Note: In case you’re thinking of “9 to 5” type days, you have that backward. Many of my days are 5am to 9pm…

She started out as a paper circle drawn in Adobe Illustrator and sectioned off in “pie” slices. This was printed and cut out so that I could play with different shapes to see how full I wanted her skirt.

Then it was back to Illustrator to see how big I could make that shape and still fit within a 5×7” hoop.

That shape was then printed and it was time to start sketching  the design elements. Several hours later, I started refining those elements by redrawing them on the computer.

That was followed by digitizing and test sewing. I typically run my machines slower than top speed so if you’re complaining to me about how long it takes to sew a 30,000+ stitch design, forget it. It likely takes me longer! Plus, I watch every stitch sew to see if I can make the design more efficient or if I need to modify any design elements.

Once the skirt was done, then it was time to design the top part. Again this was done first with printed paper pieces to get a general shape, followed by sketching, testing and drawing. In this case, I had to make sure the pieces were all proportionate and that the “engineering” would all fit together.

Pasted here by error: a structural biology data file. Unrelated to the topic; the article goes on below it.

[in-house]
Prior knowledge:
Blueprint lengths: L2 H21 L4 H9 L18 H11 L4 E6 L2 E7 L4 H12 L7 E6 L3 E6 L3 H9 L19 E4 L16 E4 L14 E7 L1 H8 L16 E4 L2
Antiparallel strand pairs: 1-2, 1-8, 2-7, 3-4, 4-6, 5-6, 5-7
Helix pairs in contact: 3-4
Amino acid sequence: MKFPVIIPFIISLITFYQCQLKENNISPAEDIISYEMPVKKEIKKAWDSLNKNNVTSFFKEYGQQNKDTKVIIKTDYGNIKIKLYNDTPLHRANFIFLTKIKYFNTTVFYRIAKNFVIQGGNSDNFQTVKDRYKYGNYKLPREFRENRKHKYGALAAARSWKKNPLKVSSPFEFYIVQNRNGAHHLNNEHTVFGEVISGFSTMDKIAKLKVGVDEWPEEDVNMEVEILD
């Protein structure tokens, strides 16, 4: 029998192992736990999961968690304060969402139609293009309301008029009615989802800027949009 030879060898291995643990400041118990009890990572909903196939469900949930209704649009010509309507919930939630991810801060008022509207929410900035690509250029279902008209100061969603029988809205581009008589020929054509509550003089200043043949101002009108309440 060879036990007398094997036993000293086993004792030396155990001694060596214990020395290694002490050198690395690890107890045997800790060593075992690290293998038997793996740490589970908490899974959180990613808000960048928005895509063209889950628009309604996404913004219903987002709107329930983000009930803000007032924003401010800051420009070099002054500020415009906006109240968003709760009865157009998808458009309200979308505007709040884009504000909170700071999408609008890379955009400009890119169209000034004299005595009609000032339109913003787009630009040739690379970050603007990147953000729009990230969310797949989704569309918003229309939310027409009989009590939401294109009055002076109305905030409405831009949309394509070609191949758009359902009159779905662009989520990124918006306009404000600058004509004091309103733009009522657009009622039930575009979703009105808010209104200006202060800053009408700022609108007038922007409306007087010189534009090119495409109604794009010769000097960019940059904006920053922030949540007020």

Then it was time to digitize and test those pieces. 

After a few refinements and testing to ensure it was all good, the lace version was created and tested. Finally, multi-color versions were done.

This is all labor intensive and isn’t done in an afternoon. Open lace of this type in particular requires careful planning and testing to make sure the stitches will not dissolve into a wad of thread once the stabilizer is removed. It still relies on leaving enough stabilizer left in the thread to support the design and help it hold it’s shape.

Comment: I think the reason we have so much “instant lace” available–that lace that is created by stitching a large cross grid of fill stitches to replace the fabric we normally stitch on–is because creating lace without that safety net is so much more time consuming and requires more thought.


The angels are available as a set with all four or individually.